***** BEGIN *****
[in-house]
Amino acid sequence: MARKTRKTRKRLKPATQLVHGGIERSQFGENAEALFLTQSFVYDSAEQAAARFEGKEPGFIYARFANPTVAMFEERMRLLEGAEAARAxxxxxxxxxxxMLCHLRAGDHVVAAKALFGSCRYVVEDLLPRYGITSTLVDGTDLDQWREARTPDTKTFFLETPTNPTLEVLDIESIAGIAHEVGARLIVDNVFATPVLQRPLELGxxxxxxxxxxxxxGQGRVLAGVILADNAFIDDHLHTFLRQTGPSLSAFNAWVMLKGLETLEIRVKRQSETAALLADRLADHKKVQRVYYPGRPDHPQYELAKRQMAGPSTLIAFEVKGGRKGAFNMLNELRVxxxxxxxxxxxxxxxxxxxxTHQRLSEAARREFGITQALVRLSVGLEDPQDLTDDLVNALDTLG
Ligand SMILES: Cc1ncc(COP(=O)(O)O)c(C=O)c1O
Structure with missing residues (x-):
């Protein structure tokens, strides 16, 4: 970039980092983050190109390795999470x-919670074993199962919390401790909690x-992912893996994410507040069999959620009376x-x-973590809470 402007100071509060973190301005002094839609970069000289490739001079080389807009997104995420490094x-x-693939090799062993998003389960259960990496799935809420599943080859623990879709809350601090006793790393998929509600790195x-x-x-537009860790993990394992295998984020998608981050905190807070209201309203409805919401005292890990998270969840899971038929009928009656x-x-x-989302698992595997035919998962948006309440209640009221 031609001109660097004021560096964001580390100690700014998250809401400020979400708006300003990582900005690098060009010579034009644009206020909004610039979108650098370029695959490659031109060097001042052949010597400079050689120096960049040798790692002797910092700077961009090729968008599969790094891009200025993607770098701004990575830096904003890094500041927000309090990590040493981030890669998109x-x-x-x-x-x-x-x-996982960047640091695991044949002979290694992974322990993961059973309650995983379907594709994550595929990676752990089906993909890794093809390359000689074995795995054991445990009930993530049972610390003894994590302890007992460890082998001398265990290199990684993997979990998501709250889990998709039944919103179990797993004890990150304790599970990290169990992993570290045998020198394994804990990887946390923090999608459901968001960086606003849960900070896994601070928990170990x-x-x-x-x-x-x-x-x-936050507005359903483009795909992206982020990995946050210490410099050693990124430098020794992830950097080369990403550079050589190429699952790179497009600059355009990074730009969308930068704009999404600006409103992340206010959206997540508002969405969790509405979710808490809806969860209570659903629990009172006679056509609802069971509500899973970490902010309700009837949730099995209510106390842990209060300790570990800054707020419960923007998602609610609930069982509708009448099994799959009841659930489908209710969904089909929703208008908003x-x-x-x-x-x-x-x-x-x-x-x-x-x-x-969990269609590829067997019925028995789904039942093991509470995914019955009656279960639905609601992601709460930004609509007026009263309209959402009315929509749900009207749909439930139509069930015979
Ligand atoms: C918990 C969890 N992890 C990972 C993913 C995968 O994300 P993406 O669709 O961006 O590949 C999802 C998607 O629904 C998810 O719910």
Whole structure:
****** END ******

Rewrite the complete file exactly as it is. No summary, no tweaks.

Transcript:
[in-house]
Amino acid sequence: MARKTRKTRKRLKPATQLVHGGIERSQFGENAEALFLTQSFVYDSAEQAAARFEGKEPGFIYARFANPTVAMFEERMRLLEGAEAARAxxxxxxxxxxxMLCHLRAGDHVVAAKALFGSCRYVVEDLLPRYGITSTLVDGTDLDQWREARTPDTKTFFLETPTNPTLEVLDIESIAGIAHEVGARLIVDNVFATPVLQRPLELGxxxxxxxxxxxxxGQGRVLAGVILADNAFIDDHLHTFLRQTGPSLSAFNAWVMLKGLETLEIRVKRQSETAALLADRLADHKKVQRVYYPGRPDHPQYELAKRQMAGPSTLIAFEVKGGRKGAFNMLNELRVxxxxxxxxxxxxxxxxxxxxTHQRLSEAARREFGITQALVRLSVGLEDPQDLTDDLVNALDTLG
Ligand SMILES: Cc1ncc(COP(=O)(O)O)c(C=O)c1O
Structure with missing residues (x-):
């Protein structure tokens, strides 16, 4: 970039980092983050190109390795999470x-919670074993199962919390401790909690x-992912893996994410507040069999959620009376x-x-973590809470 402007100071509060973190301005002094839609970069000289490739001079080389807009997104995420490094x-x-693939090799062993998003389960259960990496799935809420599943080859623990879709809350601090006793790393998929509600790195x-x-x-537009860790993990394992295998984020998608981050905190807070209201309203409805919401005292890990998270969840899971038929009928009656x-x-x-989302698992595997035919998962948006309440209640009221 031609001109660097004021560096964001580390100690700014998250809401400020979400708006300003990582900005690098060009010579034009644009206020909004610039979108650098370029695959490659031109060097001042052949010597400079050689120096960049040798790692002797910092700077961009090729968008599969790094891009200025993607770098701004990575830096904003890094500041927000309090990590040493981030890669998109x-x-x-x-x-x-x-x-996982960047640091695991044949002979290694992974322990993961059973309650995983379907594709994550595929990676752990089906993909890794093809390359000689074995795995054991445990009930993530049972610390003894994590302890007992460890082998001398265990290199990684993997979990998501709250889990998709039944919103179990797993004890990150304790599970990290169990992993570290045998020198394994804990990887946390923090999608459901968001960086606003849960900070896994601070928990170990x-x-x-x-x-x-x-x-x-936050507005359903483009795909992206982020990995946050210490410099050693990124430098020794992830950097080369990403550079050589190429699952790179497009600059355009990074730009969308930068704009999404600006409103992340206010959206997540508002969405969790509405979710808490809806969860209570659903629990009172006679056509609802069971509500899973970490902010309700009837949730099995209510106390842990209060300790570990800054707020419960923007998602609610609930069982509708009448099994799959009841659930489908209710969904089909929703208008908003x-x-x-x-x-x-x-x-x-x-x-x-x-x-x-969990269609590829067997019925028995789904039942093991509470995914019955009656279960639905609601992601709460930004609509007026009263309209959402009315929509749900009207749909439930139509069930015979
Ligand atoms: C918990 C969890 N992890 C990972 C993913 C995968 O994300 P993406 O669709 O961006 O590949 C999802 C998607 O629904 C998810 O719910």
Whole structure: